With the album’s opener, “Race: In,” Battles not only starts off the album but they also introduce their sound. Starting off with Stanier’s rather characteristic drum work, then leading into picked guitar licks, “Race: In” quickly adds its keyboard compatriots and its vocal harmonizing. From there, “Atlas” compounds on the machined aesthetics, churning away over tom beats while guitarist/keyboardist, Tyondai Braxton sings the song of the robotic chipmunk. In any instance where actual lyrics are involved, effects or speed with which the words are sung, make them hard to decipher. It’s easier to accept them as a musical element and nothing more.

For me, the winner on this record is “Tonto,” a 7-minute jam wherein guitar play is the focus. It may be the only track where modernity doesn’t play a role; it’s all about guitar textures and the flawlessly slowed climax.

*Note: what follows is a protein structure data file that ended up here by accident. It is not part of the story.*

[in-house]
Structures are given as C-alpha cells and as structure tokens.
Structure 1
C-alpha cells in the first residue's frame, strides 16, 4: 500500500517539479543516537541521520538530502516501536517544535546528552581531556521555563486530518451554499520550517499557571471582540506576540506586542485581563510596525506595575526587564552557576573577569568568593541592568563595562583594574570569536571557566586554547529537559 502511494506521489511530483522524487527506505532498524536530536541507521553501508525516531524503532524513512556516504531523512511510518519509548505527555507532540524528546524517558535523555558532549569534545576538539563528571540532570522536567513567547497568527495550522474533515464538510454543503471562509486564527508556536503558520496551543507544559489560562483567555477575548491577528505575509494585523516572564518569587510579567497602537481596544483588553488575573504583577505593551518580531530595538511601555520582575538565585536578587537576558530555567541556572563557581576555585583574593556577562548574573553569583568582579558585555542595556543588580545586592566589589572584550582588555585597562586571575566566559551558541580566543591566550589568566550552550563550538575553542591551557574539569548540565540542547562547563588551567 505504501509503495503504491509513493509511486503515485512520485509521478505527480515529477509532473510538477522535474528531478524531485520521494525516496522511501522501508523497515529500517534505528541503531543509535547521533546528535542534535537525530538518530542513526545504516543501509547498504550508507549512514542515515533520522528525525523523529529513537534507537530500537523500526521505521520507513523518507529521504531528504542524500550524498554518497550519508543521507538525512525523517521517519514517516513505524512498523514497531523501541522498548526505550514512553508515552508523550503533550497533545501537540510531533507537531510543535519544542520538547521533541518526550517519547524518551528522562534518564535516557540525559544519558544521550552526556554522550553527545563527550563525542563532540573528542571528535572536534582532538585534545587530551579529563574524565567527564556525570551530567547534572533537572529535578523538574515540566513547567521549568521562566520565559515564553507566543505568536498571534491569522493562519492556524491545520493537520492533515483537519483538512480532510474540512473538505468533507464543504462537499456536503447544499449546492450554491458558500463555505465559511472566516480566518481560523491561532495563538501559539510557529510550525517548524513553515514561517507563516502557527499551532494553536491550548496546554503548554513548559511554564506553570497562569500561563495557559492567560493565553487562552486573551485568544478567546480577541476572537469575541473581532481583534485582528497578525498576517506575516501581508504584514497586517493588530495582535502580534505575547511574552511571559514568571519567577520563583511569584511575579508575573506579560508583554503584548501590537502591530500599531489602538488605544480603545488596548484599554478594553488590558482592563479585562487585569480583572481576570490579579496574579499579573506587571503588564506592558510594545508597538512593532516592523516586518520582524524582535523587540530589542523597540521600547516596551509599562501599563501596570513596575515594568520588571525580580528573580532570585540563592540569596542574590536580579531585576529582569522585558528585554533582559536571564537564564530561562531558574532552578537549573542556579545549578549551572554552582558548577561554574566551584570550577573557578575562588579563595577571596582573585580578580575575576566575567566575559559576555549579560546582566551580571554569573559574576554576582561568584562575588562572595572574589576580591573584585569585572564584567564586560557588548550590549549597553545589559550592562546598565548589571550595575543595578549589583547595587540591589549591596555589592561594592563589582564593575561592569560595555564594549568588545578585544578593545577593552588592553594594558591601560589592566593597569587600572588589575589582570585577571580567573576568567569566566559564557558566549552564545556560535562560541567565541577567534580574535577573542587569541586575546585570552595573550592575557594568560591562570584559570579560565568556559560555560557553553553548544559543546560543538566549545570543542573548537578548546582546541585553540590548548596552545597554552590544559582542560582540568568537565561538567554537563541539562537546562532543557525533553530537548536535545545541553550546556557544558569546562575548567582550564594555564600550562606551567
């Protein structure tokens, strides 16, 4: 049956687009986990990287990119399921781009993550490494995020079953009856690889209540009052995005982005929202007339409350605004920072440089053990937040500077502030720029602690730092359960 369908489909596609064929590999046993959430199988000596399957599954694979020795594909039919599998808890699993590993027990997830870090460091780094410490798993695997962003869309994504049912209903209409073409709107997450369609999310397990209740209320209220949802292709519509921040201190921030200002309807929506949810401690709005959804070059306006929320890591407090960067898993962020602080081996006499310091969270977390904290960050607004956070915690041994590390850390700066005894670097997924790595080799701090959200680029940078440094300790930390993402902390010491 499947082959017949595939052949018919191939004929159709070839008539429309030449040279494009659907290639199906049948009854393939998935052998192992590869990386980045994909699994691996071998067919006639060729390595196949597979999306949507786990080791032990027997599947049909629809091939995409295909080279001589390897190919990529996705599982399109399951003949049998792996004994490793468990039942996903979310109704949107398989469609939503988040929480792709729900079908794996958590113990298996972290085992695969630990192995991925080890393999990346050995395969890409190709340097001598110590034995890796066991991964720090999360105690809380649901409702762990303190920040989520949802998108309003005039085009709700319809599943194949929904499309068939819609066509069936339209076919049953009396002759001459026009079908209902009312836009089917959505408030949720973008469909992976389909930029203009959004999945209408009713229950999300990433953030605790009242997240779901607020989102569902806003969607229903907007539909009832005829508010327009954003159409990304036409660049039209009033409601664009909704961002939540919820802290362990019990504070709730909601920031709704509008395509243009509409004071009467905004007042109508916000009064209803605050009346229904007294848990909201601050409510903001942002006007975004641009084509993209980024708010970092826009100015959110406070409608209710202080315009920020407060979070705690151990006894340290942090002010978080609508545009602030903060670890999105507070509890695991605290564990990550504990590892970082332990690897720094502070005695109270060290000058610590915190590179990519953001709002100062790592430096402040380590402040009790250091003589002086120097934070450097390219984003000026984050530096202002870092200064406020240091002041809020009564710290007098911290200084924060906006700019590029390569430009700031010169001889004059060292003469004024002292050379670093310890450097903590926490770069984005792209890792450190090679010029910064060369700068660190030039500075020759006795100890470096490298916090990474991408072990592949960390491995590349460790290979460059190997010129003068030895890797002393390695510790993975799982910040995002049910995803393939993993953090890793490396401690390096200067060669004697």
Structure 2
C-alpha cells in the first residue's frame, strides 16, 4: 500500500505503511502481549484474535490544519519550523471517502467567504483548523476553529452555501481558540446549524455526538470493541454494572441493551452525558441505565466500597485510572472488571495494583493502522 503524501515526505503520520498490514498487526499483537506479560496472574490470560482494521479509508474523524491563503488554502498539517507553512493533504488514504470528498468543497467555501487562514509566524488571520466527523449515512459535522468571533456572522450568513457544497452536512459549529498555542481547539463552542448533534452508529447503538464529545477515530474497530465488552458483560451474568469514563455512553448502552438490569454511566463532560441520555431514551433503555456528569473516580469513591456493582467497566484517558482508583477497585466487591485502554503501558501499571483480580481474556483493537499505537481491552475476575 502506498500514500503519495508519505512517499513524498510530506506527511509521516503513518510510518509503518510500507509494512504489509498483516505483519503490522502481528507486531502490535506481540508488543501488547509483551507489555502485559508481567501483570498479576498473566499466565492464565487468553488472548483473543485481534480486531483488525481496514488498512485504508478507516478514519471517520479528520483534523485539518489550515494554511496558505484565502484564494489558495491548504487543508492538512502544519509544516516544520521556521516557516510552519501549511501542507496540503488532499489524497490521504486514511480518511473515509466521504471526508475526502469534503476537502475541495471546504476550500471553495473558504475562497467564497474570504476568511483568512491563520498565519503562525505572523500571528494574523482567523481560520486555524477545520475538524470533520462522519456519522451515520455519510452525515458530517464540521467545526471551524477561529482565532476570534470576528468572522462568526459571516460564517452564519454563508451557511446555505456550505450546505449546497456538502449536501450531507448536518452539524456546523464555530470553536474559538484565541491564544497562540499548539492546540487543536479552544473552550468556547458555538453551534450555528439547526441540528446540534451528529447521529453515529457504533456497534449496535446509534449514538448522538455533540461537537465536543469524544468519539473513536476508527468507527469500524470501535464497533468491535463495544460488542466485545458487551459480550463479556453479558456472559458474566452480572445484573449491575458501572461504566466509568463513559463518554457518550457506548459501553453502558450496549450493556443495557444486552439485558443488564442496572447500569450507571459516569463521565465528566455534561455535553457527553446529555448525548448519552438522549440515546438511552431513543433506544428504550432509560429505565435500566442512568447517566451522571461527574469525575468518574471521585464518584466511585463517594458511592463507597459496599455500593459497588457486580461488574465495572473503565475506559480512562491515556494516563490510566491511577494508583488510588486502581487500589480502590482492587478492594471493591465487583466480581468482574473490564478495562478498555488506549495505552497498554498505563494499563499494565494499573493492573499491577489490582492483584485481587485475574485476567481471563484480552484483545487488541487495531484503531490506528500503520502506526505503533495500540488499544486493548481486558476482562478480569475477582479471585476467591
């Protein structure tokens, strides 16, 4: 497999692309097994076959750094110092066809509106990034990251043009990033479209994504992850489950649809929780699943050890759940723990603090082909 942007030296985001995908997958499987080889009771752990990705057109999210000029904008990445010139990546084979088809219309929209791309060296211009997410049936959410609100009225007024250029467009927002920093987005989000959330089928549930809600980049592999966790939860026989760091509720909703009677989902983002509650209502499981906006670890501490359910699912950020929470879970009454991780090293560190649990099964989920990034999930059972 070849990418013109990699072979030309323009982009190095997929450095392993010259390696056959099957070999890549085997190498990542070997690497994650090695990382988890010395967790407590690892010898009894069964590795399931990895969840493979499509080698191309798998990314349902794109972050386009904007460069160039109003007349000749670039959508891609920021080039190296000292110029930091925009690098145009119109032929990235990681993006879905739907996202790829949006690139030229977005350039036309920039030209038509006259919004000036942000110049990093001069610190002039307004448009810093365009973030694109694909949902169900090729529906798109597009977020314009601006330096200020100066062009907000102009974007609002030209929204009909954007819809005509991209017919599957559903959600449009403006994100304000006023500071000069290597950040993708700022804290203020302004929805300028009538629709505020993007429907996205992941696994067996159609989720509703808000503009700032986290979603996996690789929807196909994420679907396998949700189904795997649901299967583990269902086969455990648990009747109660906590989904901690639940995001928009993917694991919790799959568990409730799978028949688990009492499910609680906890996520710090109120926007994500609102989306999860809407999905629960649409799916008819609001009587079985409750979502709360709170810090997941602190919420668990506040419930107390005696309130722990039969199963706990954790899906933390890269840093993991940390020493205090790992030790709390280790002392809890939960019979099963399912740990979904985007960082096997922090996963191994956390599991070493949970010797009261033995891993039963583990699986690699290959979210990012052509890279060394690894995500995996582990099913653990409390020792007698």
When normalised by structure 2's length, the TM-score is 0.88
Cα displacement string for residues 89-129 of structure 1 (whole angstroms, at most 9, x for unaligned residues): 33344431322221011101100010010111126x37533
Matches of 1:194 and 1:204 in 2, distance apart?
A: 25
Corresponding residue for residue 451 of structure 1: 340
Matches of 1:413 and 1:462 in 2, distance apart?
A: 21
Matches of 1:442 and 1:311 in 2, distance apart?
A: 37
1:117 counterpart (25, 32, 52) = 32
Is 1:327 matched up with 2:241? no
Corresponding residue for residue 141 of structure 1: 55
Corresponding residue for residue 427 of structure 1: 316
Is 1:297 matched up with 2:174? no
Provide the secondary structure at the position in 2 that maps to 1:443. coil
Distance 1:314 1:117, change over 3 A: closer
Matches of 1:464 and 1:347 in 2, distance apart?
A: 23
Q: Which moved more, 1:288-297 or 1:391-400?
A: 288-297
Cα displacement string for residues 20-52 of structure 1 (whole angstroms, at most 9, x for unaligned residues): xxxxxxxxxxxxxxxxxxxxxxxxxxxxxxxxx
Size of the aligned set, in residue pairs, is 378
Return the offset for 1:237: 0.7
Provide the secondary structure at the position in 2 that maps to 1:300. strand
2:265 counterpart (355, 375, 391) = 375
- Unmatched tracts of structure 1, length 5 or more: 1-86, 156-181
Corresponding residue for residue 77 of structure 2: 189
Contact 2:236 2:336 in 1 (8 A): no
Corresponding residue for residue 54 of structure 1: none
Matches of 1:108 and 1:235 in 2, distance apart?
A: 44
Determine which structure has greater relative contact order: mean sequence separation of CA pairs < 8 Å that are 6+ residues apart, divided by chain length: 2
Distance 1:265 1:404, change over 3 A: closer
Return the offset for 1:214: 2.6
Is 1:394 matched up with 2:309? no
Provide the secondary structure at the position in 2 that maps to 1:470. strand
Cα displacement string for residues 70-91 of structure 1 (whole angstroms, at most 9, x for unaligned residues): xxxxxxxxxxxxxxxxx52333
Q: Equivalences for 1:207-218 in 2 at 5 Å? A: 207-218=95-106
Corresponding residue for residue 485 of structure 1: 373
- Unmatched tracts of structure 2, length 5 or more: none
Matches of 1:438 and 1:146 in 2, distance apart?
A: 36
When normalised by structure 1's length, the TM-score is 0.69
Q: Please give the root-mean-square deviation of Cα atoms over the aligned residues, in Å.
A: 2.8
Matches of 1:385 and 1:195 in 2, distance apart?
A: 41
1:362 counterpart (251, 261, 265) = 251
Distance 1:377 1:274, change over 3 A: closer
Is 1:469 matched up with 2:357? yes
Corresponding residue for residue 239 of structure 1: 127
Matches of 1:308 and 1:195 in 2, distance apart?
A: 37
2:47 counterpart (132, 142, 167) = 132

Other notable tracks include “Rainbow,” which roars through high-pitched keyboard notes and percussive assault. The mellowed “Bad Trails” plays around with effects and vocal pitch and “Tij” comes off like very quick circus music and gets to be oddly repetitive toward its end. “Race: Out” comes in to shut it all down, fading out with a heavy snare and three-note guitar exchange.

And then you hit PLAY again. And again.

Ipecac Recordings
Released 6.19.07

Rating: 8 out of 10

Up until this point, Tomahawk has been one of the more accessible of Mike Patton’s myriad projects, this being one that actually isn’t his. Experimental, but usually concept free, Anonymous breaks Tomahawk’s two-record mold, seeming to take a cue from the Fantômas model, and comes up with something thematic. In this instance, they decided to try and visit Native American music and see what they could do.

Ex-Jesus Lizard guitarist, Duane Denison, is really into Native American culture, hence the band’s name, Tomahawk. He did some digging and found some late 19th century Indian music and wound up inspired to come up with new variations on the material, some of which appears with its original titles. Anonymous is the result and it’s a fascinating, and respectful, listen.